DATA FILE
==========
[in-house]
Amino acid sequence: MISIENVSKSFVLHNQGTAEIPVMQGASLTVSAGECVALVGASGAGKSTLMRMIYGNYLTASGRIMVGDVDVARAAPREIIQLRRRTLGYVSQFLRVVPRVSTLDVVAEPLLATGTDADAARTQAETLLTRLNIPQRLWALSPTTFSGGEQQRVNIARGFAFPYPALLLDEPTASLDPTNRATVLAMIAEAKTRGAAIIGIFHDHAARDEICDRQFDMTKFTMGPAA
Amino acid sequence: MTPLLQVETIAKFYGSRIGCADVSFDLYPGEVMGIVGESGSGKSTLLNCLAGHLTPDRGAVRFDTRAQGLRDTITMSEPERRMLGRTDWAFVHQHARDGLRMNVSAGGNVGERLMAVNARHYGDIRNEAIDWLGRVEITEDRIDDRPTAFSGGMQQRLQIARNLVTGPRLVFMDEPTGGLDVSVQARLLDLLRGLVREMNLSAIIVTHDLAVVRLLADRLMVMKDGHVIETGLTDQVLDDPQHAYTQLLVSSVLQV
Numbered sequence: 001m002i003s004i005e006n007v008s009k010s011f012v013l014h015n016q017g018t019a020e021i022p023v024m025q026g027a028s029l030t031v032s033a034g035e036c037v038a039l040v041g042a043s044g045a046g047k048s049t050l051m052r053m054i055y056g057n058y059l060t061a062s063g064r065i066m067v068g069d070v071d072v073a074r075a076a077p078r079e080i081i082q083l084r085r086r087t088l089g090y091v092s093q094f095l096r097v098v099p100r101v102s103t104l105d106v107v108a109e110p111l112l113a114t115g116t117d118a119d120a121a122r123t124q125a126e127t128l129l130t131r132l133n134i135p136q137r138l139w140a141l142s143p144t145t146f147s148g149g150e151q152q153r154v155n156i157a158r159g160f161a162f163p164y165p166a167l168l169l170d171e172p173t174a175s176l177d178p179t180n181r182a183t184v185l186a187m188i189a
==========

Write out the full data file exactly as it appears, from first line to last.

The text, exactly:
[in-house]
Amino acid sequence: MISIENVSKSFVLHNQGTAEIPVMQGASLTVSAGECVALVGASGAGKSTLMRMIYGNYLTASGRIMVGDVDVARAAPREIIQLRRRTLGYVSQFLRVVPRVSTLDVVAEPLLATGTDADAARTQAETLLTRLNIPQRLWALSPTTFSGGEQQRVNIARGFAFPYPALLLDEPTASLDPTNRATVLAMIAEAKTRGAAIIGIFHDHAARDEICDRQFDMTKFTMGPAA
Amino acid sequence: MTPLLQVETIAKFYGSRIGCADVSFDLYPGEVMGIVGESGSGKSTLLNCLAGHLTPDRGAVRFDTRAQGLRDTITMSEPERRMLGRTDWAFVHQHARDGLRMNVSAGGNVGERLMAVNARHYGDIRNEAIDWLGRVEITEDRIDDRPTAFSGGMQQRLQIARNLVTGPRLVFMDEPTGGLDVSVQARLLDLLRGLVREMNLSAIIVTHDLAVVRLLADRLMVMKDGHVIETGLTDQVLDDPQHAYTQLLVSSVLQV
Numbered sequence: 001m002i003s004i005e006n007v008s009k010s011f012v013l014h015n016q017g018t019a020e021i022p023v024m025q026g027a028s029l030t031v032s033a034g035e036c037v038a039l040v041g042a043s044g045a046g047k048s049t050l051m052r053m054i055y056g057n058y059l060t061a062s063g064r065i066m067v068g069d070v071d072v073a074r075a076a077p078r079e080i081i082q083l084r085r086r087t088l089g090y091v092s093q094f095l096r097v098v099p100r101v102s103t104l105d106v107v108a109e110p111l112l113a114t115g116t117d118a119d120a121a122r123t124q125a126e127t128l129l130t131r132l133n134i135p136q137r138l139w140a141l142s143p144t145t146f147s148g149g150e151q152q153r154v155n156i157a158r159g160f161a162f163p164y165p166a167l168l169l170d171e172p173t174a175s176l177d178p179t180n181r182a183t184v185l186a187m188i189a